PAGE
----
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The Importance of Social Wellness at Any Age

Social wellness packs a lot of power: not only can it keep you happy, engaged, confident and physically active, it can help you overcome grief. If you recently lost a loved one or your aging parent has lost a spouse to a long-term illness, you know just how pervasive grief can be. The last thing you may want to do at first is get social. But studies show that social wellness is vital at any age and any time, particularly as we age and start losing the people we love. One path to strong social wellness is to take part in bereavement services such as support groups in Alameda County.

July is Social Wellness Month

July just happens to be Social Wellness Month, a great time to step back and consider the connections you have made and will make, as well as how you can help your aging loved ones stay social as well. In a nutshell, social wellness includes the interactions we have with those around us. It involves many factors, from using good communication skills to respecting yourself and others to nurturing a support system of family and friends. Social wellness is just one of the eight dimensions of wellness which range from emotional and intellectual to physical and spiritual. All of the wellness dimensions overlap to result in rich environments for living, points out the International Council on Active Aging.

Having a rich social life is important at any age, but particularly important for the elderly. They are losing spouses, friends, siblings and other loved ones at a rapid rate, which often leaves them isolated and alone. Add to that any conditions or illnesses, such as Alzheimer’s or Parkinson’s and this can rob a person of their social wellness component. Once social wellness starts eroding, so too do other components, such as physical health. Exercise is one big part of that, proven to reduce the risk of cardiovascular disease in seniors, as well as hypertension, type 2 diabetes, osteoporosis, obesity, breast cancer and color cancer, says the National Institute on Aging. In addition, it can help to reduce falls.

Getting the Support You Need

Having a rich social life is also important when at a crossroads in life, such as when facing the loss of a loved one. In our grief, we often step back and isolate ourselves from others, when in fact we should be migrating toward people for support. Joining a support group, letting a friend take you out for lunch, taking in a ball game…these are important, even though they’re the last things you may want to do in your time of grief. When you surround yourself with others, particularly those who have gone through what you have, this brings you together on common ground for a greater understanding.

Support groups, for example, join people together who have gone through similar experiences, whether that is cancer, a chronic medical condition, bereavement or caregiving, says the Mayo Clinic. This shared setting gives people the opportunity to share their experiences and feelings, coping strategies, or first-hand information about treatments or diseases.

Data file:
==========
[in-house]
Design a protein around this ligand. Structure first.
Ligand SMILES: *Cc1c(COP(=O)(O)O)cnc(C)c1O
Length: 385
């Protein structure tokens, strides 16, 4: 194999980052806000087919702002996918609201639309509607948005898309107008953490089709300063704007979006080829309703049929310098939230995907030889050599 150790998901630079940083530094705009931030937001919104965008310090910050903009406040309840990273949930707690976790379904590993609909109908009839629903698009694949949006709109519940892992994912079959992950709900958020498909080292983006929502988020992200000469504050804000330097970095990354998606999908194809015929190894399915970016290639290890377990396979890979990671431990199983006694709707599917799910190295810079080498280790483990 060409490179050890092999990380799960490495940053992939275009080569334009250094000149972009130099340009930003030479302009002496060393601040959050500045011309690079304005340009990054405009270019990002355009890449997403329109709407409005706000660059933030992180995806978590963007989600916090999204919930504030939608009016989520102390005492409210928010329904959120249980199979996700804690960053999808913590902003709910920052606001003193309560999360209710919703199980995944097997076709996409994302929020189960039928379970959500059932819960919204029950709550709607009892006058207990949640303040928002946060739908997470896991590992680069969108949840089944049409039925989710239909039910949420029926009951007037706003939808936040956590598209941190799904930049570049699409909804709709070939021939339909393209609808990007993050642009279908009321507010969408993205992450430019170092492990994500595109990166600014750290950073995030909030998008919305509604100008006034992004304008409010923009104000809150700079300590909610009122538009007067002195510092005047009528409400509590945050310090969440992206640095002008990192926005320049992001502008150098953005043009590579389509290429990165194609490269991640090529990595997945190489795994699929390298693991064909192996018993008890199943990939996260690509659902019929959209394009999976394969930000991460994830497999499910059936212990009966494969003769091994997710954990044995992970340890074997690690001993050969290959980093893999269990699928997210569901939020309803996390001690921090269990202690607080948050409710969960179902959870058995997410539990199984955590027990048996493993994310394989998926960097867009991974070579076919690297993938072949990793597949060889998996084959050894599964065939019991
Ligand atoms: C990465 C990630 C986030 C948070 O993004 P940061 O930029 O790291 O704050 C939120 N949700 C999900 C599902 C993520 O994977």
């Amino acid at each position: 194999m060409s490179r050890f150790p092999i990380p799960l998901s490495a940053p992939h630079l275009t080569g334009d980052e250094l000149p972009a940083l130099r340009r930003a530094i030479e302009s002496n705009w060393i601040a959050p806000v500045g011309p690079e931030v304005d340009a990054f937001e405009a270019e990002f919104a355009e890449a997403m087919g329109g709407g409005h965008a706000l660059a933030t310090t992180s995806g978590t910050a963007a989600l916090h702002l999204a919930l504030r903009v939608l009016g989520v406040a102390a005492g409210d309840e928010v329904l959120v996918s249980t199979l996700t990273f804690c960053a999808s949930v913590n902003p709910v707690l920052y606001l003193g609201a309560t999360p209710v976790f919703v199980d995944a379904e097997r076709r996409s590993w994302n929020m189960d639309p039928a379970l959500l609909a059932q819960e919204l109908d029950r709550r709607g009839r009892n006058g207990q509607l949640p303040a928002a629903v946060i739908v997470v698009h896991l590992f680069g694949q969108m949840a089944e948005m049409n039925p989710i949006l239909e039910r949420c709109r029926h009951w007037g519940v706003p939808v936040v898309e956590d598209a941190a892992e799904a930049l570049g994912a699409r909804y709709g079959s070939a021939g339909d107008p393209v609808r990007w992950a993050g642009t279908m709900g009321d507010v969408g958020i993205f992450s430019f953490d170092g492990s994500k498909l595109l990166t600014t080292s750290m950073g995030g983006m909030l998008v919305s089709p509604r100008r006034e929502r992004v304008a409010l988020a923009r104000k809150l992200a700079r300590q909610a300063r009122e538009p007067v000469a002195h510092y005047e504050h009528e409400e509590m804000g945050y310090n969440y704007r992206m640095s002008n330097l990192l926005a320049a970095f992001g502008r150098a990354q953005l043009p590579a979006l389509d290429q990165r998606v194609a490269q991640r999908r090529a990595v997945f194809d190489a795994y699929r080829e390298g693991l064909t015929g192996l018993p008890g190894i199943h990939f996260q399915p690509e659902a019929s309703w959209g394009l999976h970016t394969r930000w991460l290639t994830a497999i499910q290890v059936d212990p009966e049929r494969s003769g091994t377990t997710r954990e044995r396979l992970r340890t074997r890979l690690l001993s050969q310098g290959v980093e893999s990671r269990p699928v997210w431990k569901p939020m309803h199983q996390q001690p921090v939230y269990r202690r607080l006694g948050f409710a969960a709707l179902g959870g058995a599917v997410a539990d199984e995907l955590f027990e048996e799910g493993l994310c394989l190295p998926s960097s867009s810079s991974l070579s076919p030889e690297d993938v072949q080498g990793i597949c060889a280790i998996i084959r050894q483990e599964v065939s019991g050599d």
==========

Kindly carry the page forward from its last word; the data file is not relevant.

How to Improve Social Wellness

Having trouble getting out there? Heed these tips to boosting your social wellness, or that of a loved one going through a tough time.

  • Talk to a friend. Call or visit a friend, maybe one you haven’t spoken to in awhile. Engaging in a positive interaction starts with truly listening to them and finding out what is important to them. What issues are they facing? Then share yours.
  • Know what you need. Try to understand your own personal needs, then find people who will nurture those needs. At the same time, help others with theirs. Surround yourself with people who show support for your needs. Stay away from toxic people who drain you.
  • Let others care for you. It can be very hard to admit when we can’t do it all on our own. When you need help with something (going to the grocery store, having someone pick up your kid from sports or helping with household chores), let others pick up the slack. They want to help you but often aren’t sure how they can. Giving them a task will make them feel good and you in turn will get a much-needed break. Just don’t be afraid to reach out.
  • Develop new friendships. You are never too old to make a new friend. Engage with someone new, form new bonds. Not only does social interaction improve your mood, it can enhance your self-esteem. Laughter really is the best medicine.
  • Relax. Finding inner peace starts with relaxation. Get enough sleep and rest when you need to. This will help you lead an active life because you’ll be more alert and healthy.

Contact Pathways Home Health and Hospice

We offer many bereavement services here at Pathways Home Health and Hospice, such as grief support groups, counseling, and workshops. To learn more, please contact us at 888-755-7855.